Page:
The hiring freeze at North Hudson Regional Fire & Rescue is over: A federal judge who blocked the agency 14 months ago from hiring new firefighters until it expanded its local residency requirement has lifted the injunction.
“[T]he public interest in keeping the NHRFR staffed has suffered,” U.S. District Court Judge Dickinson Debevoise wrote in his ruling.
The federal judge’s decision now allows the agency to hire from a list of residents of its five member towns only, said Weehawken Mayor Richard Turner, the NHRFR chairman.
Officials with the NHRFR said they had to freeze hirings while fighting the civil rights suit by the NAACP that forces them to hire from a court-mandated list of African-American candidates from several counties.
Things publicly came to a head early this year when, less than 25 feet from two buildings destroyed in a four-alarm fire in North Bergen, was Engine Company 9 — temporarily put out of service.
The firefighters nonetheless ran into the burning Kennedy Boulevard building and rescued the owners’ elderly mother — and a truck from a house four blocks away got there in no time.
Officials had great hopes for the regional team when it was created more than a decade ago. North Bergen, Guttenberg, West New York, Weehawken and Union City agreed to create the organization — one of the largest in the U.S. — to serve one of the most densely populated areas in the country. The NHRFR’s coverage area is 10 square miles.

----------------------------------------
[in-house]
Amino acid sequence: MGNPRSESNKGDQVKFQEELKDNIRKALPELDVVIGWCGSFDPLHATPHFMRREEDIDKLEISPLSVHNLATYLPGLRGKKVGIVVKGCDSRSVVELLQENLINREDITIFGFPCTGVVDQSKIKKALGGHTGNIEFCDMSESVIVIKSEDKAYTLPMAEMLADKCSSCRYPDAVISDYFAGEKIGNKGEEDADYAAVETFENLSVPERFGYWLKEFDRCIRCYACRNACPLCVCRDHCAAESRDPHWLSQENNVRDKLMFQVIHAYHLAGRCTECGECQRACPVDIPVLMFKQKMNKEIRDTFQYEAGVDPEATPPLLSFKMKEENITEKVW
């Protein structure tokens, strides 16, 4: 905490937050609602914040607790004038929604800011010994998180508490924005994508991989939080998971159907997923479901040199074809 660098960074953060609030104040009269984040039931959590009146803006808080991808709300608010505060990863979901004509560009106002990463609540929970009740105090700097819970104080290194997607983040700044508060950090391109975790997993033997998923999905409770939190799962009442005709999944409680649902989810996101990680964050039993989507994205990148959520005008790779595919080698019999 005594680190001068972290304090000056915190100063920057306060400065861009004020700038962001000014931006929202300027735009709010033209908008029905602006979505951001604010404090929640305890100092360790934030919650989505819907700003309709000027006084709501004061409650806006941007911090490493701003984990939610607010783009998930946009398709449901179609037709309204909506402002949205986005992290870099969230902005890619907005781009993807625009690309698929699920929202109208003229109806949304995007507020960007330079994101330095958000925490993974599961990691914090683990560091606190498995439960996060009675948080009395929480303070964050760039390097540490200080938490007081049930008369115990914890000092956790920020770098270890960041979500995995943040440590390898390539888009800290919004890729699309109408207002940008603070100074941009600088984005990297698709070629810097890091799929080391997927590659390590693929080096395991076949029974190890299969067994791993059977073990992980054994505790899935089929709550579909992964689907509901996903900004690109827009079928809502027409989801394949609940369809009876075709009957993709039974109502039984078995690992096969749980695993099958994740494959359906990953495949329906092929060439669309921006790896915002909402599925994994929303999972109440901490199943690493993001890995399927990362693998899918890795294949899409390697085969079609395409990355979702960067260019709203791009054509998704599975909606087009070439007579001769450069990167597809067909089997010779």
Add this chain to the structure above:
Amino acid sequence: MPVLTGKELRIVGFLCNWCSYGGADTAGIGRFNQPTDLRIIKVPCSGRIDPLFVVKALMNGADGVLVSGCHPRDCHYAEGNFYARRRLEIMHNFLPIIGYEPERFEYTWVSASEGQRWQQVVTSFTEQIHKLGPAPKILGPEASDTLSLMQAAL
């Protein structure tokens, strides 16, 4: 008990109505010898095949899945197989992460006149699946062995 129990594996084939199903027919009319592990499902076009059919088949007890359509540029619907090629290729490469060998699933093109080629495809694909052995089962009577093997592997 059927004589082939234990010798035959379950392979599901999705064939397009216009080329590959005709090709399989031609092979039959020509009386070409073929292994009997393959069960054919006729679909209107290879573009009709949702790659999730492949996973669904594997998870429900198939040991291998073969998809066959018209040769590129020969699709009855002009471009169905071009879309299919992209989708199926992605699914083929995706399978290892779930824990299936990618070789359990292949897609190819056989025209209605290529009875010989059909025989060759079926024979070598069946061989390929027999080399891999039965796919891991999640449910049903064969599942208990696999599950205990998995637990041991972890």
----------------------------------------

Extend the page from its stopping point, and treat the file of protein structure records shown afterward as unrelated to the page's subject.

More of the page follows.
But it has been awash in the federal suit and charges by disgruntled former members.
In one case, it’s alleged, a firefighter allegedly scored so low on a promotional exam that the NHRFR created a new rank with a lower salary to keep him — then promoted him two levels within weeks before he later retired at an even higher rank. If the allegations are true, that’s pension fraud.
Others allegedly received jobs without even taking civil service exams. Many already were employed in township public safety departments — defeating the purpose of the regional approach in the first place, critics say.
Officials with the NAACP didn’t immediately say whether they plan to appeal the decision by U.S. District Court Judge Dickinson Debevoise, New Jersey’s most senior federal court judge.
Debevoise said he believed NHRFR should include residents from Essex, Union and the southern part of Hudson County. The agency appealed, and the Third Circuit Court of Appeals sent the case back to him last month.
Soon after, Debevoise lifted the ban, saying the NAACP likely wouldn’t prevail.
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